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David Kirby (judge) : biography

22 June 1943 -

David Kirby (born 22 June 1943) was a judge of the Supreme Court of New South Wales, and brother of former High Court judge Michael Kirby.

Career

Kirby was appointed Queen's Counsel in 1985. He served as an Associate Judge of the District Court of New South Wales from 1988–89. Kirby was appointed as a judge of the NSW Supreme Court in 1998.

From 1972–75, Kirby lectured at the University of Sydney. He has also served as a part-time Commissioner of the NSW Law Reform Commission (2002–06), Trustee of the Centennial Park Trust (1984–88), and Secretary of the Council for Civil Liberties (1973).

Kirby has also served in several inquiries, including:

  • Counsel Assisting in the Gretley Mine Disaster (1997–98)
  • Counsel Assisting in the Seaview CAA Inquiry (1995–96)
  • Counsel Assisting the Inquiry by the Independent Commission Against Corruption into Waverley Council (1989)
  • Counsel Assisting the TAB Inquiry (1983)
  • Commissioner in the Inquiry into Warringah Expressway (1982)
  • Commissioner in the Kyeemagh/Chullora Road Inquiry (1979–81)

Early life and education

Born in Sydney, David Kirby was the fourth son and child of Donald (Don) Kirby and Jean Langmore Kirby (née Knowles). Elder brother David Charles died at the age of 18 months.

Following in the footsteps of elder brother Michael, David attended state schools, commencing at North Strathfield Public School, followed by Summer Hill Public School for Opportunity Classes, and then Fort Street High School (then Fort Street Boys High School) in Sydney.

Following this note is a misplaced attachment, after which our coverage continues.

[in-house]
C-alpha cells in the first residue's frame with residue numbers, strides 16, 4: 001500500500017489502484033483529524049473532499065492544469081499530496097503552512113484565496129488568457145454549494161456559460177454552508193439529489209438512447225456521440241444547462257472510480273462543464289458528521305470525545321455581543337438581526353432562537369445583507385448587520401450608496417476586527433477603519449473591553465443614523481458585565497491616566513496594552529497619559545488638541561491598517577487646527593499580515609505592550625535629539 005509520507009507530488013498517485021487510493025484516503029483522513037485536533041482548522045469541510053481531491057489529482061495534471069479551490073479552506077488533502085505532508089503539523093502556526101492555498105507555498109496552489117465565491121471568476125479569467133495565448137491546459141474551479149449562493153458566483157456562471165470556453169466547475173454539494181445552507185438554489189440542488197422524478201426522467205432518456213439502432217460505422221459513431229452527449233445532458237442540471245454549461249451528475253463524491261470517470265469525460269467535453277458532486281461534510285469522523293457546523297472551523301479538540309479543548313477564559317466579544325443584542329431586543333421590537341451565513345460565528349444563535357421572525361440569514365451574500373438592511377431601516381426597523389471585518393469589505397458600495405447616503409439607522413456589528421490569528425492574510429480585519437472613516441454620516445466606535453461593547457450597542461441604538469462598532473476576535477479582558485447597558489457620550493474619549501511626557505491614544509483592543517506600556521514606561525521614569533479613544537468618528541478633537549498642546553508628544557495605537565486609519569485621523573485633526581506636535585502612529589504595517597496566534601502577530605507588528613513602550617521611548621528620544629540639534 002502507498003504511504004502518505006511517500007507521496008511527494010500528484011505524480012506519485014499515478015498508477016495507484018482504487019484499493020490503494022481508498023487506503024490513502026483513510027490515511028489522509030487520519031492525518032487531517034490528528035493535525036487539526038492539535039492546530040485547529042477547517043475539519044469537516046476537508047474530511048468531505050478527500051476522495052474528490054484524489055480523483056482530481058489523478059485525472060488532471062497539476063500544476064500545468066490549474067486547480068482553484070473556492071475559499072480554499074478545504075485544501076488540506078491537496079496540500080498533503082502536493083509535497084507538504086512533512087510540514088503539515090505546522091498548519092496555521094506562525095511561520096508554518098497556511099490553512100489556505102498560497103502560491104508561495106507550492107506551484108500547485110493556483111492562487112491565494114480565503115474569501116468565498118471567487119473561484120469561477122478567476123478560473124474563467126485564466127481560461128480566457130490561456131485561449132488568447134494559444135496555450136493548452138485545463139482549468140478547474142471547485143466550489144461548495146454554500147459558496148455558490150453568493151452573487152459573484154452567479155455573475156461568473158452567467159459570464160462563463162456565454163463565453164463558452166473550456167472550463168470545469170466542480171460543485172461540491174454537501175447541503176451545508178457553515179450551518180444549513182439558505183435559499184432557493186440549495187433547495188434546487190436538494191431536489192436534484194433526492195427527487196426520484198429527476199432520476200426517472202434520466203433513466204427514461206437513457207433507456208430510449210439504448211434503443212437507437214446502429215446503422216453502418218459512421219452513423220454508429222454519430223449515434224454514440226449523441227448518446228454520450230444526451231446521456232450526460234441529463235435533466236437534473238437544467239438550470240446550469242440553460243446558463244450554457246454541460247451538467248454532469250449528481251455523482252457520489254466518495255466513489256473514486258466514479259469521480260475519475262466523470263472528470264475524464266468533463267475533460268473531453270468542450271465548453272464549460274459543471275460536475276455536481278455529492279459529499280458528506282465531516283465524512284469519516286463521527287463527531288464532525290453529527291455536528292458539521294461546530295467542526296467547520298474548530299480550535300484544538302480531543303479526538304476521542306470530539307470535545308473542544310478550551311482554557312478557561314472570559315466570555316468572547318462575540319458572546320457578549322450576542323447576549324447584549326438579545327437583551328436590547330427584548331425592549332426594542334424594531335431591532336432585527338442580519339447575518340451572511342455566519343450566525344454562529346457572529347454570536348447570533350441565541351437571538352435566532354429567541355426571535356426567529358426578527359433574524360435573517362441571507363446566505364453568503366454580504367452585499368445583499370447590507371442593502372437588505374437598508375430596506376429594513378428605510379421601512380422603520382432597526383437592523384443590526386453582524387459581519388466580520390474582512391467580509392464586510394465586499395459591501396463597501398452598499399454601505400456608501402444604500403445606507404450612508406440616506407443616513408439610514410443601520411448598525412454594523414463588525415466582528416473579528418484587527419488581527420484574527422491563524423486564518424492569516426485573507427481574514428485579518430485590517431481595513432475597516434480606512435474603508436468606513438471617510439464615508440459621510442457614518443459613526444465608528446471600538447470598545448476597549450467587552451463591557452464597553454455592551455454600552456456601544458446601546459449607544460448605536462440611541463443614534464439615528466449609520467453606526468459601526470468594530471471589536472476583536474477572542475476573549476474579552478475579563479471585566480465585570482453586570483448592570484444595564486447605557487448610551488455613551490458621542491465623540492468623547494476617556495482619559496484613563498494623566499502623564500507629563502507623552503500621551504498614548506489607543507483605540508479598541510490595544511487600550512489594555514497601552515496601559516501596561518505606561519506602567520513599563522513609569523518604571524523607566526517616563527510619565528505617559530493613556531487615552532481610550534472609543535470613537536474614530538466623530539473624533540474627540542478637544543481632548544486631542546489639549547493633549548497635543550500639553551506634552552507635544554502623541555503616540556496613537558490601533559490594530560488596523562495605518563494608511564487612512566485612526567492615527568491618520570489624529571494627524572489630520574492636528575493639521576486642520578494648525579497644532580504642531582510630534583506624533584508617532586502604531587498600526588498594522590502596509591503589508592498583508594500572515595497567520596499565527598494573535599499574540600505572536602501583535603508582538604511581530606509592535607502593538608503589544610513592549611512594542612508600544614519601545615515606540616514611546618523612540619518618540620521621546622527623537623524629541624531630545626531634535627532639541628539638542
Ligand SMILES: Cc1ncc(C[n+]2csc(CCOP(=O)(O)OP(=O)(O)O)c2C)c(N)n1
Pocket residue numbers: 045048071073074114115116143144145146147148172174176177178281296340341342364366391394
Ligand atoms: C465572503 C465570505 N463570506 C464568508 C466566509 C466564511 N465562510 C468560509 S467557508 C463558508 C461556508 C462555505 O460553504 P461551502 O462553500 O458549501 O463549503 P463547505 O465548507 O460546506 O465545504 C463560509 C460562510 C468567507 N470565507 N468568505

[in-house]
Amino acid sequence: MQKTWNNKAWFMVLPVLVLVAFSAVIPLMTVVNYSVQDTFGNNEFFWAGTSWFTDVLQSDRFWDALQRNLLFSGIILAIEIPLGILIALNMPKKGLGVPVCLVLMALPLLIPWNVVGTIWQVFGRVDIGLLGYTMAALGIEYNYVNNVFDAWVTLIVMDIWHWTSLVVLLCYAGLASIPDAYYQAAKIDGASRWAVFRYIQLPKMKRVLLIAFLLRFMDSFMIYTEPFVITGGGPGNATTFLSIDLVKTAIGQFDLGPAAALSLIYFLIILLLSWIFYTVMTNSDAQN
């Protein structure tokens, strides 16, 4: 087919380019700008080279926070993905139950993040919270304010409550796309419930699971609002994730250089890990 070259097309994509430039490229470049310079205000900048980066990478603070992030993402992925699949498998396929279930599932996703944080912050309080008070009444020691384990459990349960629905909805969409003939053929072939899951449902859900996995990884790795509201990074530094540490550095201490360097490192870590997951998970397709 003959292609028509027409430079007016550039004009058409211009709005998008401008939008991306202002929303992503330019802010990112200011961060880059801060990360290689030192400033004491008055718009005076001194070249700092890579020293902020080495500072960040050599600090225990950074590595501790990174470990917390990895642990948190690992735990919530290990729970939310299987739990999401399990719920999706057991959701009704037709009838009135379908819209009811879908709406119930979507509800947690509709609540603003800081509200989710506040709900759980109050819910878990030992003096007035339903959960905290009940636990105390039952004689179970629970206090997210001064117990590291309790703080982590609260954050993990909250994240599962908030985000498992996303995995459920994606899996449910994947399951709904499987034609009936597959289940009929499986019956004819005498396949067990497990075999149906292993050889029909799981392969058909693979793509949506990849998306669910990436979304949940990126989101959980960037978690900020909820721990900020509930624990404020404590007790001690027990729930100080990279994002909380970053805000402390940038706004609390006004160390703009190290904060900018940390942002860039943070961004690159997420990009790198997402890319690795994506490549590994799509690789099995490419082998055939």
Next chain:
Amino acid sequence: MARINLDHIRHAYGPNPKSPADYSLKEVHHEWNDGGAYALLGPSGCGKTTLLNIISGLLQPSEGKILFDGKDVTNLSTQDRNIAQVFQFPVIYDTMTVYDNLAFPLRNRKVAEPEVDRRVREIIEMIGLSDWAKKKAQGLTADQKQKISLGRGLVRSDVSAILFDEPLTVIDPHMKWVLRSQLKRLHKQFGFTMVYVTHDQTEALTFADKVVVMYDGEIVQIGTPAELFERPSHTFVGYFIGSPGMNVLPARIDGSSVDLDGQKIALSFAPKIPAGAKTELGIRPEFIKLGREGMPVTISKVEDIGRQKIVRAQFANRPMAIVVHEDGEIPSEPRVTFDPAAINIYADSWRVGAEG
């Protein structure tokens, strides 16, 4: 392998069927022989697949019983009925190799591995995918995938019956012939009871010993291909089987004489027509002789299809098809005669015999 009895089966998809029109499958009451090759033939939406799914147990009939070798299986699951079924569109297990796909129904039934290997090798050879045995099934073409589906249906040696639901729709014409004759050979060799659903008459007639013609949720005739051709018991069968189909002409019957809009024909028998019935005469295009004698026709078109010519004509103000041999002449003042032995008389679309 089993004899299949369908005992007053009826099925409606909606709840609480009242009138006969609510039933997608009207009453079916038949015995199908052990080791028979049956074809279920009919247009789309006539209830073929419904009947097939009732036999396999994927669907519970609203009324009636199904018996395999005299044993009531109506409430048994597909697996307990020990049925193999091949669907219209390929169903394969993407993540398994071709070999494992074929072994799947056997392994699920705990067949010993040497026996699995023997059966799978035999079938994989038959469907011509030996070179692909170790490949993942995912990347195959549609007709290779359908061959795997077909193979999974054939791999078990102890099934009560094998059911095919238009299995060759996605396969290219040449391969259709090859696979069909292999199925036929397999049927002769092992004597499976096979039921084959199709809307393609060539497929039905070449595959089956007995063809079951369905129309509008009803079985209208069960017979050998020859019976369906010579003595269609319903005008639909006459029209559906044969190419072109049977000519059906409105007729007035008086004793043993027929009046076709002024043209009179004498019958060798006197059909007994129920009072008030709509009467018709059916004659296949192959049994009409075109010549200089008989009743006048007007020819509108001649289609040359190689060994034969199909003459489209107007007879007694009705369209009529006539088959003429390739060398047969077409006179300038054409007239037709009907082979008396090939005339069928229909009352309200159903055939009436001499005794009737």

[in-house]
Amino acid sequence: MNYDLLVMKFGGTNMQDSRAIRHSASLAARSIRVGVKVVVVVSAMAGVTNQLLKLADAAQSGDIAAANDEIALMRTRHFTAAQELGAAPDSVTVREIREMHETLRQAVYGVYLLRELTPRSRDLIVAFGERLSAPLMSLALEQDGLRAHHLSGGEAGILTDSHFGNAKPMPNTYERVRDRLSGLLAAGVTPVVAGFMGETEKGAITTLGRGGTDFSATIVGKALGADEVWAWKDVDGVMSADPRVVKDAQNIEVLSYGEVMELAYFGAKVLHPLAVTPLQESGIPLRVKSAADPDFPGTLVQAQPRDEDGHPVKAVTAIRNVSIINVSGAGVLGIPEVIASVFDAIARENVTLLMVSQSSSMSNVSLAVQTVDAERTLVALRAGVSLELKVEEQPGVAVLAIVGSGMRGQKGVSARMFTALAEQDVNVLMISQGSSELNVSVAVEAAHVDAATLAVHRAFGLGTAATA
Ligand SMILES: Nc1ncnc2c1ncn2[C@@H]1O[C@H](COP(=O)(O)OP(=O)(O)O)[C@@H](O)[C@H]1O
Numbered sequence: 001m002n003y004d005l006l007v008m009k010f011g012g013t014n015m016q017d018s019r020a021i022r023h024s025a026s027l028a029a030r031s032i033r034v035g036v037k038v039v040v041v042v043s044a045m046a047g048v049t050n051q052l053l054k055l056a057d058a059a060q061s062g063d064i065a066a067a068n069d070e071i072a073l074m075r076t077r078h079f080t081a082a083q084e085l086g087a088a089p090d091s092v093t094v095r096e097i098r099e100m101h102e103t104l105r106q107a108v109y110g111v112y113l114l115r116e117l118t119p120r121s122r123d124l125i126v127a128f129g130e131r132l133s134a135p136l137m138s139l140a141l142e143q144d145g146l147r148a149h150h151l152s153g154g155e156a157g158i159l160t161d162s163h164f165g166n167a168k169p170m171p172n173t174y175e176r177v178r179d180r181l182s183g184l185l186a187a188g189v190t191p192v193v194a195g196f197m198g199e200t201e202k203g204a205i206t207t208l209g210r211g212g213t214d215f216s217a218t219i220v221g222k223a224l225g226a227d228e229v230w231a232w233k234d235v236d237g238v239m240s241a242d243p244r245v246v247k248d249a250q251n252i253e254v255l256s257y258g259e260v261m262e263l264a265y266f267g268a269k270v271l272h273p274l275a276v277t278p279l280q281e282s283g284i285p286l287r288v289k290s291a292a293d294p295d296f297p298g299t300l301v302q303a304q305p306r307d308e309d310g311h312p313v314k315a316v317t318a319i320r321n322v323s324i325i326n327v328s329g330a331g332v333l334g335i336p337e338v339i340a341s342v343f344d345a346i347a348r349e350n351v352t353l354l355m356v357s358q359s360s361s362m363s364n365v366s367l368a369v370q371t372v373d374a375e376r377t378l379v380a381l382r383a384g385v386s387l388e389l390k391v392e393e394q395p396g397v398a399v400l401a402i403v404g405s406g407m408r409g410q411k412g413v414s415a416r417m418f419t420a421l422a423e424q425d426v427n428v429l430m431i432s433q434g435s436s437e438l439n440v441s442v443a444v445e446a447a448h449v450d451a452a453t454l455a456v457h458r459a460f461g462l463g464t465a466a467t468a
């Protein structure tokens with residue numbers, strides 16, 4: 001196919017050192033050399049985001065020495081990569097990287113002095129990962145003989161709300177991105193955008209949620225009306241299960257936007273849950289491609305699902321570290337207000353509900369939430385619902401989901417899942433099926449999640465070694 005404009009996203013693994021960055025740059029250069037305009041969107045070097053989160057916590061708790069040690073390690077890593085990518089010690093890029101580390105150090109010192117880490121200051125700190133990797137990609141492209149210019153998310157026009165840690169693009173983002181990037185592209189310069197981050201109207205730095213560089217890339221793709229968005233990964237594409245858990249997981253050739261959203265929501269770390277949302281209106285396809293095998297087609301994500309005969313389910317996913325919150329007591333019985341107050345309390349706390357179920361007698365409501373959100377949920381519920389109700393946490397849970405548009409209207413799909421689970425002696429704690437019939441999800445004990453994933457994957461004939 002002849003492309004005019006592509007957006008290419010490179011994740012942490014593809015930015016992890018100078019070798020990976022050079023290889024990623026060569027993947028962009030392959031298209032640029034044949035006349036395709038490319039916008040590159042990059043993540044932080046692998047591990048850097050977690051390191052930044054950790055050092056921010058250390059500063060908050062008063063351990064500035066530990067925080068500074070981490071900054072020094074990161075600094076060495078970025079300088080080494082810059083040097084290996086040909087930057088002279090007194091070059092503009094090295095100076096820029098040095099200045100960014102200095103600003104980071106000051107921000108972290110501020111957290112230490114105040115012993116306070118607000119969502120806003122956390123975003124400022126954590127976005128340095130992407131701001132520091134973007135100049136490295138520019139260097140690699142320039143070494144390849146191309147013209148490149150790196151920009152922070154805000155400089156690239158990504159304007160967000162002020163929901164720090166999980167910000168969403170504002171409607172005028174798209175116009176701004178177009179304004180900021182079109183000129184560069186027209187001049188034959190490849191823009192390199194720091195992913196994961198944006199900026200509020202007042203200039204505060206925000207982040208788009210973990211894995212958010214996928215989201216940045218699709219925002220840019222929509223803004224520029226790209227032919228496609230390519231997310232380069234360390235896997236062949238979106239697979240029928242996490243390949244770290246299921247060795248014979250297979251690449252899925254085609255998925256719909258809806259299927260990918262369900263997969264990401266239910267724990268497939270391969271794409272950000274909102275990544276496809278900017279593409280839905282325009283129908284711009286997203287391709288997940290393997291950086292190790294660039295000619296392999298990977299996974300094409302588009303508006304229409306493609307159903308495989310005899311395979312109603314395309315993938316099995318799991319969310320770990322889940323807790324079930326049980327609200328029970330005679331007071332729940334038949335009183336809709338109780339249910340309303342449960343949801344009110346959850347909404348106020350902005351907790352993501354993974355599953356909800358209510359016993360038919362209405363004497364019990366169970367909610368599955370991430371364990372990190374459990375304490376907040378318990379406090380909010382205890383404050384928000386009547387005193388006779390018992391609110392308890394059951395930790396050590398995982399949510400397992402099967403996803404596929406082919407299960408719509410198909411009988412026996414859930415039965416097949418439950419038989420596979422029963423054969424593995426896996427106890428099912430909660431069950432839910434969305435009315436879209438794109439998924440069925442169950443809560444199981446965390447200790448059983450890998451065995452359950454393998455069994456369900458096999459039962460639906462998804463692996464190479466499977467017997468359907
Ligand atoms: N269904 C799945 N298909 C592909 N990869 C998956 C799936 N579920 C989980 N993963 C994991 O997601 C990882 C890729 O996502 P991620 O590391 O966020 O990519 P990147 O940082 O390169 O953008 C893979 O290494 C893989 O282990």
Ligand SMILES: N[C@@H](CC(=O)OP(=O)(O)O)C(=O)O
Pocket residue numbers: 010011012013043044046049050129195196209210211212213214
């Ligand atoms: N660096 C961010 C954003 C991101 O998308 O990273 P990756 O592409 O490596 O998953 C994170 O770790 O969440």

After graduating from high school, again like elder brother Michael, David later attended the University of Sydney, where he earned a Bachelor of Arts and a Bachelor of Laws.Who's Who in Australia

Personal life

Unlike brother Michael, who was demonstrably had significant leadership skills and was very studious and ambitious, David has stated that, as a schoolboy, he was shy and more interested in sports.

Family

Kirby self-effacingly stated that he went to the Bar to impress his then girlfriend, Marie-Line France Hervic, a Jewish girl who later decided to become a barrister herself. They later married and had Nicolas and Elisabeth. Nicolas and Elisabeth were raised Jewish and, with their mother, attended the Emanuel Synagogue. Hervic died on 30 September 1986.

After her death, Kirby married Judith (Judy), with whom he has son Patrick.

Donald Kirby, David's father, was the only child of Alma Caroline (Norma) Grey, a single working mother, and was of English—Irish descent. Norma's Catholic grandfather, Harry Lyons, emigrated from Dublin to Sydney in the 1850s, following the events of the Great Famine. Annie Lyons, Harry and his wife Mary's daughter and Michael Kirby's great-great-grandmother, married John Emmanuel Gray, an English brick- and boilermaker. Donald Kirby's father, Victor Kirby, a Catholic who had also arrived after the Great Famine. At 15 years of age, Norma commenced a relationship with then-17 Victor Kirby and soon fell pregnant with Donald Kirby. Jean Langmore Knowles, born in Berwick, Victoria to William Knowles, an Ulster Scot from Ballymena, and Margaret, as one of four daughters. Jean was a graduate of Sydney Girls High School, leaving with a Leaving Certificate, a rarity for that time, and worked in numerous paid jobs by virtue of her own successes and ability. Donald Kirby, aged 16, and Jean Knowledges first met at Saint Martin’s Anglican Church, Kensington. Donald attended Sydney Technical School in Ultimo, and then worked as a general assistant, then tool and machinery salesman at a hardware firm. The two were engaged on Jean's 21st birthday, and were married in March 1937, a month after Donald turned 21, and resided in their first home at Bloomfield Street, South Coogee.

Kirby's brothers are also lawyers; Michael was a judge of the Supreme Court of New South Wales and of the High Court of Australia, whilst Donald is a solicitor.

Sister Diana is a nurse in the Colorectal Unit of the Royal Prince Alfred Hospital.

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Living octopus

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